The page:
Through the window, there's a snow-covered cornfield slumped against a frozen creek. The bottoms of stalks jut dead brown, up from the ground, still in the rows that they once so proudly made, surviving as best as they could through a trying summer of little drink and unfavorable sunshine. What's great to picture prowling out there, amongst the bare trees and that field, is a lone coyote, with its cold nose to the ground and its lean frame anxiously hoping something red and warm is out there to tear into and dine on.
If all else fails, it'll wait until darkness comes and it will move closer to the farmhouses and barns, looking for some leftover dog food. It's not going to be too picky on days like this one, where it's not terribly cold, but it's cold enough and the food is about as scarce as it comes. Listening to the Suffield, Connecticut band Mercies, on this very day, looking out upon that barren, snowy ridge, it's easy to imagine that desperate coyote, pulling out all the stops just so he doesn't have to bed down in a covering tonight, shivering and with a thunderingly empty belly.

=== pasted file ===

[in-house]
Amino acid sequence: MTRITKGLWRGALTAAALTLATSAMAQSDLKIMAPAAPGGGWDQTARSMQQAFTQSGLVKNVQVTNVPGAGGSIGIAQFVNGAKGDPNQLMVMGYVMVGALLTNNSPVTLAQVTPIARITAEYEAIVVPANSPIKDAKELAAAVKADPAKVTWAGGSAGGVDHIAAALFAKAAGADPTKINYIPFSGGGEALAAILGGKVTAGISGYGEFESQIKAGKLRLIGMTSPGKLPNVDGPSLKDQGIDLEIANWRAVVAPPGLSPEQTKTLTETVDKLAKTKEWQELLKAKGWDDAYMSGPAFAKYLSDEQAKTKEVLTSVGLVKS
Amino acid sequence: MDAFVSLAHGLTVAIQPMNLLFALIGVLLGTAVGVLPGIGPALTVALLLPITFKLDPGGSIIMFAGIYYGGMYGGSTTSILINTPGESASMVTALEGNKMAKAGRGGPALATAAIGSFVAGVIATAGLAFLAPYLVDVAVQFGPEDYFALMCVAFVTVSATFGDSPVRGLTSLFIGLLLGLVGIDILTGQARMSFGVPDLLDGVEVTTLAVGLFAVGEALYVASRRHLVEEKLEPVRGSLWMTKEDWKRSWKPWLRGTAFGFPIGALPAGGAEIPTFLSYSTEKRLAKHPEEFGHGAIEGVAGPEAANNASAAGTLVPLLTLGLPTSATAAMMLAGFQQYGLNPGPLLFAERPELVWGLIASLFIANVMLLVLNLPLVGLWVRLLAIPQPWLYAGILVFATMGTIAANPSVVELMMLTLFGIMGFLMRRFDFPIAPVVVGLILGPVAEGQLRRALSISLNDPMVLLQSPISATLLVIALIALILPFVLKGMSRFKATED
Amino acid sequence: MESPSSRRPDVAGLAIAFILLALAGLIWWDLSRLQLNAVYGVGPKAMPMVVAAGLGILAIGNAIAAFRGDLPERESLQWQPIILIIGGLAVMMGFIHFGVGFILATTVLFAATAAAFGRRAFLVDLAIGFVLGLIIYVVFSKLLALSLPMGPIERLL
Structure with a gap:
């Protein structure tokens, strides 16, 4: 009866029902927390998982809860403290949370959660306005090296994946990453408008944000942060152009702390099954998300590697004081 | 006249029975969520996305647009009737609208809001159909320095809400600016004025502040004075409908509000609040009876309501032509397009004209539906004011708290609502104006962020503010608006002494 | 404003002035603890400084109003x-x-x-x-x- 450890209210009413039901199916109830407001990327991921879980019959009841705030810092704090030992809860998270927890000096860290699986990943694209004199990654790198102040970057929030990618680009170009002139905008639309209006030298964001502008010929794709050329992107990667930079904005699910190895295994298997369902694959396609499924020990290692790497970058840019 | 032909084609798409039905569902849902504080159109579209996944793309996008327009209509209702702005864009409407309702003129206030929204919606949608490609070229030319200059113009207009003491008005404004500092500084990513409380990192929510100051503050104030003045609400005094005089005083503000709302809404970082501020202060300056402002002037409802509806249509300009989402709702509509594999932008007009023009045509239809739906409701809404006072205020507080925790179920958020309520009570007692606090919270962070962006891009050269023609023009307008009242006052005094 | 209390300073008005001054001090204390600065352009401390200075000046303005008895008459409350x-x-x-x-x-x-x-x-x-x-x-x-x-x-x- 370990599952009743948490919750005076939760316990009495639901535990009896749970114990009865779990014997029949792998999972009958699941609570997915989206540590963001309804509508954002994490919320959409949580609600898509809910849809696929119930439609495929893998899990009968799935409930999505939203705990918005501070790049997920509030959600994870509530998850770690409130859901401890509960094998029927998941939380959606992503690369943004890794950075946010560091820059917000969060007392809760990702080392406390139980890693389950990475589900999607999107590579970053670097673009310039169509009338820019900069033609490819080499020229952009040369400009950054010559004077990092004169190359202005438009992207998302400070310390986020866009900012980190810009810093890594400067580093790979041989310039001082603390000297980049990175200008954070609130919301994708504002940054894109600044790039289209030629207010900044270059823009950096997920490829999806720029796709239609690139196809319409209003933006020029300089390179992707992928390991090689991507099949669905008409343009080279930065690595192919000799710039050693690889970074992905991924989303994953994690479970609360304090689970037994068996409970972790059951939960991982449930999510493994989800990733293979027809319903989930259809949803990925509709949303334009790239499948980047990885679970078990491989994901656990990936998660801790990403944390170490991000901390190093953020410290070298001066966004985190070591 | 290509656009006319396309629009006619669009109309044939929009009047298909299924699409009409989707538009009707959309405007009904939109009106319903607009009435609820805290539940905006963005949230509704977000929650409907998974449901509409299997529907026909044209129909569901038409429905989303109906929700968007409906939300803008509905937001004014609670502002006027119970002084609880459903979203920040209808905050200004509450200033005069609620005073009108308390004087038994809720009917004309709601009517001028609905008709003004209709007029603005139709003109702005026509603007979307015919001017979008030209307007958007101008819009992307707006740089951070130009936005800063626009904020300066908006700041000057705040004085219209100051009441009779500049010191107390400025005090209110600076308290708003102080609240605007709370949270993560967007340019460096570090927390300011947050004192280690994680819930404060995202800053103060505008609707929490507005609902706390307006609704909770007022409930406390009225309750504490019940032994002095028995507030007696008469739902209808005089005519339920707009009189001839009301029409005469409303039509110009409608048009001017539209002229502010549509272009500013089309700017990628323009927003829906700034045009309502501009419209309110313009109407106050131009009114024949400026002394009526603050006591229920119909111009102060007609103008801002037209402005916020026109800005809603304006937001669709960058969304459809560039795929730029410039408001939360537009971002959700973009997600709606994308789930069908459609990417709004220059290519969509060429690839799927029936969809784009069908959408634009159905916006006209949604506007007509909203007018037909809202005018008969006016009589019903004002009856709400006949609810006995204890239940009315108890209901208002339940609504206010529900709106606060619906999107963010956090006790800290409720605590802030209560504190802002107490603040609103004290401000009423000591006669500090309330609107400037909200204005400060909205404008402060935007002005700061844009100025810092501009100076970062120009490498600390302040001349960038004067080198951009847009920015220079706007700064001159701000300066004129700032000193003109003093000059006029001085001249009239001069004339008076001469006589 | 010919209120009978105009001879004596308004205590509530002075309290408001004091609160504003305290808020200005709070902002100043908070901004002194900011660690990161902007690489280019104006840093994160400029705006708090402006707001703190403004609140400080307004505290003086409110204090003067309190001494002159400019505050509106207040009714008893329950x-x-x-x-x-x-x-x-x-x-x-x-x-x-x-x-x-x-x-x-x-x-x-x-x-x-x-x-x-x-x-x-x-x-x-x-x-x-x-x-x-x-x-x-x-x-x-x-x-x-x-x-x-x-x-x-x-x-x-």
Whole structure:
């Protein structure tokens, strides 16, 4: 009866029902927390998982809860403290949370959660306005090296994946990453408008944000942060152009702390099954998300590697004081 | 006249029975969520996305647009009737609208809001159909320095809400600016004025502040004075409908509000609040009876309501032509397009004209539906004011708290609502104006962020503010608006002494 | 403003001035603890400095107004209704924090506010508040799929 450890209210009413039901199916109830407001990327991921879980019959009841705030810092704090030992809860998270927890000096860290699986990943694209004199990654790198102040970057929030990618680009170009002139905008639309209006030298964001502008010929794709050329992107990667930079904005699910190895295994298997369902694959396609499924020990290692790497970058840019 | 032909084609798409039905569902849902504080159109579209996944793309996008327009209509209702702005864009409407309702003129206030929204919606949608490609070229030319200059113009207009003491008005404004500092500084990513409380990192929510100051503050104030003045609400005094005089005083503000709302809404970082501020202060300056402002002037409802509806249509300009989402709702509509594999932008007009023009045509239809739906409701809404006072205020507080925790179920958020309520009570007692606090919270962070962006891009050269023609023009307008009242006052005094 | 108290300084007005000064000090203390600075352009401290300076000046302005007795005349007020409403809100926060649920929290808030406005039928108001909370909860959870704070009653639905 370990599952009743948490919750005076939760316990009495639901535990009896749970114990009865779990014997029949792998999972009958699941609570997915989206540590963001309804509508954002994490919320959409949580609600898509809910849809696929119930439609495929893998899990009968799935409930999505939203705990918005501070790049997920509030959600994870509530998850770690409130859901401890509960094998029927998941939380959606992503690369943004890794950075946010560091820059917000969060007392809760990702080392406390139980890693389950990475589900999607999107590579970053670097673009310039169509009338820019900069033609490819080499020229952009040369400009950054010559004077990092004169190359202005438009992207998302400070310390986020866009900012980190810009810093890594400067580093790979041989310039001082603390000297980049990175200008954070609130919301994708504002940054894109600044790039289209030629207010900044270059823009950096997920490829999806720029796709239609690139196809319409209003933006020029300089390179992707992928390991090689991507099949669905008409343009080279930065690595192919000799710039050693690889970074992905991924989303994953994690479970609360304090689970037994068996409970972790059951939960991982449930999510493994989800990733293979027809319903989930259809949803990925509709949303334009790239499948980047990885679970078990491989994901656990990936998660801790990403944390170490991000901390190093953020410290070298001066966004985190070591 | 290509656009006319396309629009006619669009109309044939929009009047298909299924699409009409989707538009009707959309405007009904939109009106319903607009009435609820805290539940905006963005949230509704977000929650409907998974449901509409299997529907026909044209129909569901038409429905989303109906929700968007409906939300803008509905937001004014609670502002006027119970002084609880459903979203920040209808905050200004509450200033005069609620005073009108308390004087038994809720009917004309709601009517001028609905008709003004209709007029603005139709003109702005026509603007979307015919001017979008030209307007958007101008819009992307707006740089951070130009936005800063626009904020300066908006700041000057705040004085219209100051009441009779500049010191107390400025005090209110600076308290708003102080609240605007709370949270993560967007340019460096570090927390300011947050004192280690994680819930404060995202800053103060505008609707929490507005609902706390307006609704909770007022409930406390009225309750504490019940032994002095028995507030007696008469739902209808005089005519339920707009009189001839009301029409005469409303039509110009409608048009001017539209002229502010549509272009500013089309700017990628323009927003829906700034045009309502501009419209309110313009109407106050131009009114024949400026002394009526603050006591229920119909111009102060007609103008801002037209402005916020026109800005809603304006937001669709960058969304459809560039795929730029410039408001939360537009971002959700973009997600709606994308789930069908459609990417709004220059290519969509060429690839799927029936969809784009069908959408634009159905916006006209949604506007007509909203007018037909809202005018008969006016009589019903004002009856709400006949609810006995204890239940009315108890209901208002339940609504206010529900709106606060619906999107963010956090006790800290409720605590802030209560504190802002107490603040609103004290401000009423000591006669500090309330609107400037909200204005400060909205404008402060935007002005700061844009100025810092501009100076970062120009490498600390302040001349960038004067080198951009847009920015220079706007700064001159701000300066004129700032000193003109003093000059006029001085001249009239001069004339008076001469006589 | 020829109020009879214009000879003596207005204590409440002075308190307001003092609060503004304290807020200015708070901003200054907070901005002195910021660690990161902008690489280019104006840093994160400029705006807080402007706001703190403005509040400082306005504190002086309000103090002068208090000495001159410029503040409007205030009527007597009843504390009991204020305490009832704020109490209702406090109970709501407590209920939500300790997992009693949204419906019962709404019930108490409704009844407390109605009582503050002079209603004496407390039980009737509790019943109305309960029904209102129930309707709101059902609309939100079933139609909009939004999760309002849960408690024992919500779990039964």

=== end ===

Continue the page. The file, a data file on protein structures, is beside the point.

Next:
Mercies lead singer, Josh Rheault, writes songs about the fragility of spirit that can make a body shiver, if it's cold or if it isn't. It's just the spirit that operates on good, clean blood, that can't do without it. It's that spirit that moans with growing pains, that aches with a certain draining, a death that's coming down the pike, slowly but surely.
These Mercies songs are concerned with the intangibles and the ways that they work us over. Rheault sings, "Cause we have no idea just what we are doing here/We're animals/And all the same/And we have no idea just what we're supposed to fear/We're animals/And all the same," and it's the perfect excuse to wave it all away. It's the reason that we tend to feel lost. It's the reason that we get our arms so tied up and the reason that our legs and temples throb. We're either running on fumes or we're running for our lives, chasing our tails over that snowy, slumped hill.